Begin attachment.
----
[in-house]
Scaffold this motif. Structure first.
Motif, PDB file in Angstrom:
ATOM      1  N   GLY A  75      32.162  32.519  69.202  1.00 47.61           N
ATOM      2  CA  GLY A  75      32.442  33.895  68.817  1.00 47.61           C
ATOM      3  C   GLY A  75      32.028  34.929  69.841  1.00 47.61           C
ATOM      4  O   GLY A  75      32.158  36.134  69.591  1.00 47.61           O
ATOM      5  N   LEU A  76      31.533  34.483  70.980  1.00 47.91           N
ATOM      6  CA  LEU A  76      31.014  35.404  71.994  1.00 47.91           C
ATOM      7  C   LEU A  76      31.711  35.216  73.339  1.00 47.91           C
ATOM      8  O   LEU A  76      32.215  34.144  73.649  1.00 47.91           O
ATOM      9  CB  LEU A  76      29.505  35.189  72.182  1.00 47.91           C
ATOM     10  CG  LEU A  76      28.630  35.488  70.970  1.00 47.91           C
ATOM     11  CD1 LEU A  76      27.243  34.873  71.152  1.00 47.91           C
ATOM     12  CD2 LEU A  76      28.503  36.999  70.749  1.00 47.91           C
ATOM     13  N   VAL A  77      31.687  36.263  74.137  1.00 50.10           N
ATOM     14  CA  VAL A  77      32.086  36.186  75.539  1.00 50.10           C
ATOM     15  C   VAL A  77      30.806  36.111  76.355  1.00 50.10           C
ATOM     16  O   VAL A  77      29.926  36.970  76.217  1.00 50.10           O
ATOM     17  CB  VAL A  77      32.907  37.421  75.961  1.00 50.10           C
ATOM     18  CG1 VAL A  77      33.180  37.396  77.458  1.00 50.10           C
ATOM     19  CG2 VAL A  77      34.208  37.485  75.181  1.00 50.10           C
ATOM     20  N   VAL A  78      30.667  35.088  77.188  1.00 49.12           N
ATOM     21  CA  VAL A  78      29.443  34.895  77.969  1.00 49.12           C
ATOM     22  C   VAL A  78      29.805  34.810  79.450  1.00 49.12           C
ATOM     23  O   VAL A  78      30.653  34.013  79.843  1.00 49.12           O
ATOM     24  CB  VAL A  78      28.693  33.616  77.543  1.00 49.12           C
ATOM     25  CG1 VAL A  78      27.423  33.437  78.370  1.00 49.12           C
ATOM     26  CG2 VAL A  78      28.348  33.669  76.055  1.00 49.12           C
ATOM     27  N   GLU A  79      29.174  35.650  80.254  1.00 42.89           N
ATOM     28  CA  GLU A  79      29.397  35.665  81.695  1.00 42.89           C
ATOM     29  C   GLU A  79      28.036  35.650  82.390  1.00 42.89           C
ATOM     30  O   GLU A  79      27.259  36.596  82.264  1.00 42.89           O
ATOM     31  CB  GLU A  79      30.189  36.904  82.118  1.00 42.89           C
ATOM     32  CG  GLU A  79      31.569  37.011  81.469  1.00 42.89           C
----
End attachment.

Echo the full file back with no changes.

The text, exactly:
[in-house]
Scaffold this motif. Structure first.
Motif, PDB file in Angstrom:
ATOM      1  N   GLY A  75      32.162  32.519  69.202  1.00 47.61           N
ATOM      2  CA  GLY A  75      32.442  33.895  68.817  1.00 47.61           C
ATOM      3  C   GLY A  75      32.028  34.929  69.841  1.00 47.61           C
ATOM      4  O   GLY A  75      32.158  36.134  69.591  1.00 47.61           O
ATOM      5  N   LEU A  76      31.533  34.483  70.980  1.00 47.91           N
ATOM      6  CA  LEU A  76      31.014  35.404  71.994  1.00 47.91           C
ATOM      7  C   LEU A  76      31.711  35.216  73.339  1.00 47.91           C
ATOM      8  O   LEU A  76      32.215  34.144  73.649  1.00 47.91           O
ATOM      9  CB  LEU A  76      29.505  35.189  72.182  1.00 47.91           C
ATOM     10  CG  LEU A  76      28.630  35.488  70.970  1.00 47.91           C
ATOM     11  CD1 LEU A  76      27.243  34.873  71.152  1.00 47.91           C
ATOM     12  CD2 LEU A  76      28.503  36.999  70.749  1.00 47.91           C
ATOM     13  N   VAL A  77      31.687  36.263  74.137  1.00 50.10           N
ATOM     14  CA  VAL A  77      32.086  36.186  75.539  1.00 50.10           C
ATOM     15  C   VAL A  77      30.806  36.111  76.355  1.00 50.10           C
ATOM     16  O   VAL A  77      29.926  36.970  76.217  1.00 50.10           O
ATOM     17  CB  VAL A  77      32.907  37.421  75.961  1.00 50.10           C
ATOM     18  CG1 VAL A  77      33.180  37.396  77.458  1.00 50.10           C
ATOM     19  CG2 VAL A  77      34.208  37.485  75.181  1.00 50.10           C
ATOM     20  N   VAL A  78      30.667  35.088  77.188  1.00 49.12           N
ATOM     21  CA  VAL A  78      29.443  34.895  77.969  1.00 49.12           C
ATOM     22  C   VAL A  78      29.805  34.810  79.450  1.00 49.12           C
ATOM     23  O   VAL A  78      30.653  34.013  79.843  1.00 49.12           O
ATOM     24  CB  VAL A  78      28.693  33.616  77.543  1.00 49.12           C
ATOM     25  CG1 VAL A  78      27.423  33.437  78.370  1.00 49.12           C
ATOM     26  CG2 VAL A  78      28.348  33.669  76.055  1.00 49.12           C
ATOM     27  N   GLU A  79      29.174  35.650  80.254  1.00 42.89           N
ATOM     28  CA  GLU A  79      29.397  35.665  81.695  1.00 42.89           C
ATOM     29  C   GLU A  79      28.036  35.650  82.390  1.00 42.89           C
ATOM     30  O   GLU A  79      27.259  36.596  82.264  1.00 42.89           O
ATOM     31  CB  GLU A  79      30.189  36.904  82.118  1.00 42.89           C
ATOM     32  CG  GLU A  79      31.569  37.011  81.469  1.00 42.89           C